box-shadow: 3px -2px 19px 0px rgba(50, 50, 50, 0.51);
  border-radius: ${(props) => (props.left ? " 6px 0 0 6px" : props.right ? "0 6px 6px 0" : "6px")};
  background: ${(props) => (props.secondary === undefined ? "#fff" : primaryGradient)};
  padding: 25px 20px;
  height: ${(props) => (props.center ? "520px" : "480px")};
  display: flex;
  justify-content: center;
  align-items: center;
  @media all and (max-width: 1240px) {
    margin-bottom: 20px;
    border-radius: 6px;
    height: 480px;
  }
  @media all and (max-width: 420px) {
    min-width: 90%;
  }
`;

Let’s add more styles to our components.

const CardButton = styled.div`
  min-width: 100%;
  padding: 10px 15px;
  min-height: 50px;
  box-shadow: 1px 1px 0 rgba(0, 0, 0, 0.2), 0px 0px 2px rgba(0, 0, 0, 0.2);
  color: ${(props) => (props.secondary !== undefined ? "#fff" : "#7c7ee3")};
  background: ${(props) => (props.secondary === undefined ? "#fff" : primaryGradient)};
  text-align: center;
  margin-top: 25px;
  display: flex;
  align-items: center;
  justify-content: center;
  font-weight: 600;
  font-size: 16px;
  border-radius: 6px;
`;
const CardContent = styled.div`
  width: 100%;
  color: ${(props) => (props.secondary !== undefined ? "#fff" : "#000")};
  padding-bottom: 10px;
  margin-bottom: 10px;
  border-bottom: 1.3px solid #eee;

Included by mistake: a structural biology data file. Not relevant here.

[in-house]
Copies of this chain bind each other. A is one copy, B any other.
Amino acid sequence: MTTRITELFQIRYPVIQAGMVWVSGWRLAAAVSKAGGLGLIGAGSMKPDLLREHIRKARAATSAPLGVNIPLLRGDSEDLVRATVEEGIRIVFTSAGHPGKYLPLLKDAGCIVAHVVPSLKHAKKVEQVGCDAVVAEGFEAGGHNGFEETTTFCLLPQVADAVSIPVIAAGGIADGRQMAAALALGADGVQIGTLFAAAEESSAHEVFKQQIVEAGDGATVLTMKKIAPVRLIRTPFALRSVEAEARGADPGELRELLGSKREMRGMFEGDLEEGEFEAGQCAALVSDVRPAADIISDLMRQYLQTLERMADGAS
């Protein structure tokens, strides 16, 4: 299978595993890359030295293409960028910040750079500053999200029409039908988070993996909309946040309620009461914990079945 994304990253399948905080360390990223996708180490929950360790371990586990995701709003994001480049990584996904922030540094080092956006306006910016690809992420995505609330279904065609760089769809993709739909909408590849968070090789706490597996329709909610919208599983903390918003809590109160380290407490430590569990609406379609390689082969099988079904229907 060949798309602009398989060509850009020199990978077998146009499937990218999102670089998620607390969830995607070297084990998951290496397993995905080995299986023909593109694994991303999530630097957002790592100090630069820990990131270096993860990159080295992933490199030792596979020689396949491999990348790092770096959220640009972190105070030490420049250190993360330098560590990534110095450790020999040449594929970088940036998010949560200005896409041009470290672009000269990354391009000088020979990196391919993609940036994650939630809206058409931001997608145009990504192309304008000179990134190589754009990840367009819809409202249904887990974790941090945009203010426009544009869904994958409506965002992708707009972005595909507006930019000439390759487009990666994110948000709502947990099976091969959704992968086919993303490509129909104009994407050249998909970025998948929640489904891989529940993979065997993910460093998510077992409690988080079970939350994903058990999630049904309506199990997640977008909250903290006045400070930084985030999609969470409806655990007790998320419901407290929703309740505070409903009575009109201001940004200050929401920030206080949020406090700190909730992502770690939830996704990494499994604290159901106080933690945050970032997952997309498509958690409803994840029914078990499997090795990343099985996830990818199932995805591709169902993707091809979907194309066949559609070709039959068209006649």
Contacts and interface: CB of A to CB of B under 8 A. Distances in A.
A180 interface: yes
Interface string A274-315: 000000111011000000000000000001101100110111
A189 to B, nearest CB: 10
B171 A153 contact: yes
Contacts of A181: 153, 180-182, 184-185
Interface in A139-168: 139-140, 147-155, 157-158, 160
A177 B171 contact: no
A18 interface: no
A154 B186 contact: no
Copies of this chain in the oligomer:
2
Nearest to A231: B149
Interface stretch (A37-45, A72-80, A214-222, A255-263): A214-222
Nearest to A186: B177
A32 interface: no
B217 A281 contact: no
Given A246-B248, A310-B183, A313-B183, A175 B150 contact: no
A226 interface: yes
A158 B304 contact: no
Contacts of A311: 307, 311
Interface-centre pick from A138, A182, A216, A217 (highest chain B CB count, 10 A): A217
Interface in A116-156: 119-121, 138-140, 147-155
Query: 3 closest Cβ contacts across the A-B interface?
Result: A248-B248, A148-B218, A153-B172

text-align: center;
`;
const Div = styled.div`
  min-width: 100%;
`;

Once we’ve done all this, our project should look similar to the image below.

A Grommet card
A Grommet card. (Large preview)

We need to add more cards to our component using the code block below.

 <Card center secondary>
         <Div>
            <Div>
              <CardContent secondary>
                <small>Premium</small>
                <h1>$788</h1>
              </CardContent>
              <CardContent secondary>
                <p>75 GB storage</p>
              </CardContent>
              <CardContent secondary>
                <p>4 Users Allowed</p>
              </CardContent>
              <CardContent secondary>
                <p>Send Up To 5 GB</p>
              </CardContent>
            </Div>
            <CardButton>LEARN MORE</CardButton>
          </Div>
        </Card>
        
       <Card right>
          <Div>
            <Div>
              <CardContent>
                <small>PRO</small>
                <h1>$1000</h1>
              </CardContent>
              <CardContent>
                <p>1TB storage</p>
              </CardContent>
              <CardContent>
                <p>Unlimited Users Allowed</p>
              </CardContent>
              <CardContent>
                <p>Send Up To 10 GB</p>
              </CardContent>
            </Div>
            <CardButton secondary>LEARN MORE</CardButton>
          </Div>
        </Card>
      </CardWrapper>
    </>
  );
}